Projects By Product: applications and tools

Landscape Conservation Cooperatives use a collaborative approach to identify landscape scale conservation solutions. LCCs work across jurisdictional and political boundaries to work with partners to: meet unfilled conservation needs, develop decision support tools, share data and knowledge, and facilitate and foster partnerships.

As part of a shared science strategy, LCCs coordinate closely with the National Climate Change and Wildlife Center and the eight regional Climate Science Centers.

The Highstead Foundation will work with partners to deliver, disseminate, and communicate North Atlantic LCC science products to help advance the knowledge base, strategic conservation planning, and on-the-ground conservation success of regional conservation partnerships (RCPs).

The Wildlife Conservation Society (WCS) will facilitate integration of regional science through local land-use decision-making to enhance stewardship of North Atlantic LCC conservation priorities.

The Wildlife Conservation Society (WCS) will facilitate integration of regional science through local land-use decision-making to enhance stewardship of North Atlantic LCC conservation priorities.

This project is developing a partner-driven, science-based approach for identifying and prioritizing culvert road stream crossings in the area impacted by Hurricane Sandy for increasing resilience to future floods while improving aquatic connectivity for fish passage.

Landscape Conservation Cooperatives (LCCs) have a critical need for information management processes that facilitate science product (i.e., data, analysis and decision tools, documents) sharing; data storage, security, and dissemination; and project tracking, communication and collaboration tools

This project highlights the potential for LCCs to facilitate collaboration among conservation practitioners and research scientists to plan for the future.

Numerous studies show that ongoing climate change will have major effects on the distribution and conservation status of much of our biodiversity.

Numerous studies show that ongoing climate change will have major effects on the distribution and conservation status of much of our biodiversity.

This project highlights the potential for LCCs to facilitate collaboration among conservation practitioners and research scientists to plan for the future.

This research will (1) develop a multi-model application to simulate streamflow using a monthly water balance model and daily time step hydrologic models (physical-process based and statistical) for all watersheds of the Gulf Coastal Plains and Ozarks Landscape Conservation Cooperative and (2) pr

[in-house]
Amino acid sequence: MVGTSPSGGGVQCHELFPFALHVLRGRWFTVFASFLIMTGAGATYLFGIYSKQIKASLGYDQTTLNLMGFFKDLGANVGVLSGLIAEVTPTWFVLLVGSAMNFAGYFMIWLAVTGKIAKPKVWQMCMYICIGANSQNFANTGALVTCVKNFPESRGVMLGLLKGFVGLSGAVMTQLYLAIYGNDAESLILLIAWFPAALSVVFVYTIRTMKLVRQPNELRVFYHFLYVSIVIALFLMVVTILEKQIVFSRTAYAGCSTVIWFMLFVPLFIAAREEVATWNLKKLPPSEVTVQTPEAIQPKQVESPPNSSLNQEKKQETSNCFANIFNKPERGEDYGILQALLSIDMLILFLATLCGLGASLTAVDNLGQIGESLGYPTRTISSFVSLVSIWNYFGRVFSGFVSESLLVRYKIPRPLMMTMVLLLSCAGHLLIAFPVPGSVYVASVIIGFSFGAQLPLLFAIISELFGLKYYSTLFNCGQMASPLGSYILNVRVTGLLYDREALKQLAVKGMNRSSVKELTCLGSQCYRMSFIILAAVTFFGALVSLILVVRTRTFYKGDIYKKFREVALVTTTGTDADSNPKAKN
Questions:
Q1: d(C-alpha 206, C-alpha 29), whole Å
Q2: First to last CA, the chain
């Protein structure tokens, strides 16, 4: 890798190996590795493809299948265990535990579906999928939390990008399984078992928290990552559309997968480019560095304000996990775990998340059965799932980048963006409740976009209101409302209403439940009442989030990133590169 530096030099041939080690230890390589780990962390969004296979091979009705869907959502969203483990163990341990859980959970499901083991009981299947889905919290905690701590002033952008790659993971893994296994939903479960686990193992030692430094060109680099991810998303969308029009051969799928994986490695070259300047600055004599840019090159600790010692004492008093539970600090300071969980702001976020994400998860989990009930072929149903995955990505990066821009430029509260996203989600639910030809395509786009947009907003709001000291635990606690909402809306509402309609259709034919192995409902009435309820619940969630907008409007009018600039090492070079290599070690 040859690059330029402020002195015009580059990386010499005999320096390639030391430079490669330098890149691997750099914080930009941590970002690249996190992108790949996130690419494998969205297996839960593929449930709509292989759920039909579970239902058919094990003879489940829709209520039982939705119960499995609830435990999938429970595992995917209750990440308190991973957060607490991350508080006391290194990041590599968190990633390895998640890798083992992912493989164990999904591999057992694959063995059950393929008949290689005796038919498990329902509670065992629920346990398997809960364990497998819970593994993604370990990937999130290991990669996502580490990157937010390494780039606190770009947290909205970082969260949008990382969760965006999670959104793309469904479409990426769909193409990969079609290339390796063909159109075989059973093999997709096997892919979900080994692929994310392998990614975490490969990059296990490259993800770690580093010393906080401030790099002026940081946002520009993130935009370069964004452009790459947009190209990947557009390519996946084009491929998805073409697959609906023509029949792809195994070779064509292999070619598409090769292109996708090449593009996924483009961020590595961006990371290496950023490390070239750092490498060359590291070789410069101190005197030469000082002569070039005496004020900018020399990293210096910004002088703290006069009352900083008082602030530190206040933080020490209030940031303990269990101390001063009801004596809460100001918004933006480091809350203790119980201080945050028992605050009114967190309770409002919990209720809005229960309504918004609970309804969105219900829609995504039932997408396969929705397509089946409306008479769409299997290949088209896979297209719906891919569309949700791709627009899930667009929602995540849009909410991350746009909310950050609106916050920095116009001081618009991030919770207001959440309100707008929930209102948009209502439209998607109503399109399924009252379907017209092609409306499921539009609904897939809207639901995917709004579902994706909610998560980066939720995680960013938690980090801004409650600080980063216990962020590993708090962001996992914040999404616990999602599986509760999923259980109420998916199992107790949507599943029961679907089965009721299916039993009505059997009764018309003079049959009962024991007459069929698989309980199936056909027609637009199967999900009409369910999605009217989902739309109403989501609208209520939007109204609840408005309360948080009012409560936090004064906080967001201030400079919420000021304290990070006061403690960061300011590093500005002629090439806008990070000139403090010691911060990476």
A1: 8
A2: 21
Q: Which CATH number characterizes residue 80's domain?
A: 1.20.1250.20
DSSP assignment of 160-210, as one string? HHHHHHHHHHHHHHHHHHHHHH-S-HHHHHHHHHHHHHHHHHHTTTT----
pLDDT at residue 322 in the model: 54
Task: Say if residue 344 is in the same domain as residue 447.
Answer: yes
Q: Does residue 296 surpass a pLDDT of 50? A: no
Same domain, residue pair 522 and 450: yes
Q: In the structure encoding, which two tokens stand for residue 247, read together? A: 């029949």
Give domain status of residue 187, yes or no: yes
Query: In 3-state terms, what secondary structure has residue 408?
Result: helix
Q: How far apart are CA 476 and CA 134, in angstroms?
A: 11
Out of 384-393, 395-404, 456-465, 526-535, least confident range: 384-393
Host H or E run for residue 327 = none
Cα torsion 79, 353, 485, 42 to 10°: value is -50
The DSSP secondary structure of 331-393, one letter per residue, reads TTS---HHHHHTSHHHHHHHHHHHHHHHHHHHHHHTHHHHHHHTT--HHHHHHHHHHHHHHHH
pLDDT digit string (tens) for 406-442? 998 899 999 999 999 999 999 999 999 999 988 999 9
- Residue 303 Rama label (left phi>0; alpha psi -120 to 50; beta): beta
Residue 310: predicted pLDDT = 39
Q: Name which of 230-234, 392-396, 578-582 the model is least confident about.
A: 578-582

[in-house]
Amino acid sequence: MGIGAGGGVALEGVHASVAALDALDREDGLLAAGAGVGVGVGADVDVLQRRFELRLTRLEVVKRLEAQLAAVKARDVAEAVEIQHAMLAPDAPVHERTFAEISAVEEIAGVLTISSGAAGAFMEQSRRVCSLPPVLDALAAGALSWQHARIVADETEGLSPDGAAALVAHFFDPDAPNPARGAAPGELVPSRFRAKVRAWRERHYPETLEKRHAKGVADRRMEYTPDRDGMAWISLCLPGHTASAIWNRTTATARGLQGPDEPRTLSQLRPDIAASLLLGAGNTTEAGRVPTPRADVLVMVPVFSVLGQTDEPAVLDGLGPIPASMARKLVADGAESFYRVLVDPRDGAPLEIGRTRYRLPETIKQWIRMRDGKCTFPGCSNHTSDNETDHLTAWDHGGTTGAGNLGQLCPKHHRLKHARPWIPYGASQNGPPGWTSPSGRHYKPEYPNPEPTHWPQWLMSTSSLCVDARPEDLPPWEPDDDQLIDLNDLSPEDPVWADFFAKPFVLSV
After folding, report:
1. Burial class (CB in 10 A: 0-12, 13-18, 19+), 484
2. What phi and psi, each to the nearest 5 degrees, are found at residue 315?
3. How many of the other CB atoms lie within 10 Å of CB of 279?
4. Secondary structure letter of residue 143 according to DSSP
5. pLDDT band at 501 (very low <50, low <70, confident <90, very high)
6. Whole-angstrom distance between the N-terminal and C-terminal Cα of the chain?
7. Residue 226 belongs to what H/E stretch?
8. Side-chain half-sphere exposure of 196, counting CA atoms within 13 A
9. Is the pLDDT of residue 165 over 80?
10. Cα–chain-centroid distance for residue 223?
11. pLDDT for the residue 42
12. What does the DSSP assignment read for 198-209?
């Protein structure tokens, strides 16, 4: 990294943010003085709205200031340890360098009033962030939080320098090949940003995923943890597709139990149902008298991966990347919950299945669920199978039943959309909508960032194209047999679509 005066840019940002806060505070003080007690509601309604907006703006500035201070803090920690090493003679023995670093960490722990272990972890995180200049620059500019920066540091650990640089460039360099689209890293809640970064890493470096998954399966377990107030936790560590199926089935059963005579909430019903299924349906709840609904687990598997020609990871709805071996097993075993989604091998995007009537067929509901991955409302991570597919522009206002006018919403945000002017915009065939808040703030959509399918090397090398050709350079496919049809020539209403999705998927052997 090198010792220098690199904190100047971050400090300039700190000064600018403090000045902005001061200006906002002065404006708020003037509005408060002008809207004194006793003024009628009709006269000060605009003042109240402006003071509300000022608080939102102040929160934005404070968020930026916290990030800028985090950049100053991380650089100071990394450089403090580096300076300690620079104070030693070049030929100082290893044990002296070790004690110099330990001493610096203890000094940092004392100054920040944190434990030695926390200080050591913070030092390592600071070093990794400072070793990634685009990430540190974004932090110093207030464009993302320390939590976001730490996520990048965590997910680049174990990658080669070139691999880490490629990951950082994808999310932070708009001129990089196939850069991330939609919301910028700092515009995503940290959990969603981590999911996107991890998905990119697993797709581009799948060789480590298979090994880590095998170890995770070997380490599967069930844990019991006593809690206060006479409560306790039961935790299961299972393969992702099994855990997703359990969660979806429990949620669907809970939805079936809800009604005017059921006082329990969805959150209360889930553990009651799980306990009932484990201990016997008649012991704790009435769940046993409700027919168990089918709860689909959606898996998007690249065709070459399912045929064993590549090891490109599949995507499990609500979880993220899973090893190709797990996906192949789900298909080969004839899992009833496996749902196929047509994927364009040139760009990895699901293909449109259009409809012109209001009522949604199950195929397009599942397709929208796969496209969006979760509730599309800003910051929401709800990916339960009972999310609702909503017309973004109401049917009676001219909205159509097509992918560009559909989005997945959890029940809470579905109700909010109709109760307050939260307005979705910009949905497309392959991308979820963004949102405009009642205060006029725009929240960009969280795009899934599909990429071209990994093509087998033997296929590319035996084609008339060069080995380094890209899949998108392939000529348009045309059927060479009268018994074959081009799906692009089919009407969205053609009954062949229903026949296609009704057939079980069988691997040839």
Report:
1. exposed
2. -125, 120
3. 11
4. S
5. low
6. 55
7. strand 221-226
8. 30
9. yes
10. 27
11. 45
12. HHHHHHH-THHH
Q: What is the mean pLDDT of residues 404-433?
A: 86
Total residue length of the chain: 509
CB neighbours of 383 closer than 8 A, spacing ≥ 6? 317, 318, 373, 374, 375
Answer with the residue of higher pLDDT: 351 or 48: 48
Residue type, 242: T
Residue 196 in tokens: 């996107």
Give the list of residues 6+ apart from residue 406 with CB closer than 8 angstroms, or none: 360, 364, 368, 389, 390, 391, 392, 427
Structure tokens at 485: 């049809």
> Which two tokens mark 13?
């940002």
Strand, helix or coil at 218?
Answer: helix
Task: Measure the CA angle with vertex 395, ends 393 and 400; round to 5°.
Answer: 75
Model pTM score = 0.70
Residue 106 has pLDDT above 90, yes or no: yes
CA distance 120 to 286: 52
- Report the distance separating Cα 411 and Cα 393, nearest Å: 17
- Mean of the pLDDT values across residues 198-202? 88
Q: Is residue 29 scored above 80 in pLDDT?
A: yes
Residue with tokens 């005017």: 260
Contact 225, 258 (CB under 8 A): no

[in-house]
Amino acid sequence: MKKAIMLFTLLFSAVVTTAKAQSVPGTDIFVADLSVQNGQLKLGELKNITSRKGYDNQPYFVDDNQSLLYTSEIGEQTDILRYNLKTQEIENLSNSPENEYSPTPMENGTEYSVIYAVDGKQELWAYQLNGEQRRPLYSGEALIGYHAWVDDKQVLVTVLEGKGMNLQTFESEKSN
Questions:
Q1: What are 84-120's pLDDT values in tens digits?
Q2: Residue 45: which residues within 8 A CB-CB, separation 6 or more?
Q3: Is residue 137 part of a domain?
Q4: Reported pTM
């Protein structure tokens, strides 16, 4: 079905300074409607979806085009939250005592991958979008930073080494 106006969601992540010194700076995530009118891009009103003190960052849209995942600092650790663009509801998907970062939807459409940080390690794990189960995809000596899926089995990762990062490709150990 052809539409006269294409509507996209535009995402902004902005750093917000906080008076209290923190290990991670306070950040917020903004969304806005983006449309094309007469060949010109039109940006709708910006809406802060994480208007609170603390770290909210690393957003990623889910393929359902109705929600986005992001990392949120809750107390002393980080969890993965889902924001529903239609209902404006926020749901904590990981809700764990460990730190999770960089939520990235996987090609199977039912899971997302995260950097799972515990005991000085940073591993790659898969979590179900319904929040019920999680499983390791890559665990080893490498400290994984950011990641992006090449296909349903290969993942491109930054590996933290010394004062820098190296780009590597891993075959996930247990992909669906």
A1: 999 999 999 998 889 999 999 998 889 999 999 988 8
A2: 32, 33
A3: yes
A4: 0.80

The Forest Characterization Database (FCD) will provide a place for partners to store, manage, and share the forest inventory data collected during timber cruises of bottomland hardwood forest for management purposes.

This project studies the Clapper Rail (Rallus longirostris) as an indicator of Gulf Coast tidal marsh habitat change.

FY2014Avoiding cheatgrass dominance following tree-reduction treatments on woodland-encroached sagebrush communities is a priority for managers in the Great Basin.

Grassland-shrubland prairie has been important to the livelihoods of generations of ranchers; to the hunting community because of prized game species; and to endangered species, such as the black-capped vireo, as habitat.

Comprehensive geospatial data covering the area of the Gulf Coast Prairie Landscape Conservation Cooperative is needed to better inform and improve countless conservation efforts and help partners convey a shared vision and priorities for this area in geospatial terms.

This project will use a Bayesian statistical framework to predict coastal erosion and inundation under a range of sea level rise scenarios.

The Gulf Coastal Plains and Ozarks Landscape Conservation Cooperative Geomatics Working Group developed an on-line platform to serve geospatial data in a consistent manner that also allows end-users to easily discover, access, and integrate existing data and tools without dedicated GIS software o

Applying the Weather Severity Index (WSI) that predicts how waterfowl currently responds to weather conditions annually to downscaled climate projections in the future

Building off the successes of the stratified random sampling approach to selecting aerial transects for waterfowl surveying used by Mississippi and Arkansas, the waterfowl conservation community is undertaking this approach across the entire Mississippi Alluvial Valley.

This project will expand the East Gulf Coastal Plain's existing grassland bird habitat model for prioritizing habitat management to include non-avian species of conservation concern in theGulf Coastal Plains and Ozarks region.

This project will improve the existing Louisiana and Ozarks black bear models by incorporating more accurate, up-to-date landcover data, detailed agricultural data, and urbanization data.

This project will use >10 years of monitoring data to develop biometric habitat models for 9 of the Gulf Coastal Plains and Ozarks Landscape Conservation Cooperative 's species endpoints within the open pine woodland and savanna habitat type.

This research project will identify effective landowner engagement strategies and incentives to sustain ecosystem services (e.g., clean water, biodiversity, wildlife habitat, recreation, aesthetics) in the Southeastern United States through a focused case in three major habitat types (bottomland

FY2013Cheatgrass die-offs are unexplained instances of stand failure observed in areas of Nevada and Utah, where cheatgrass fails to grow even though it has been a dominant component of plant communities in the past. The goals of this project are to: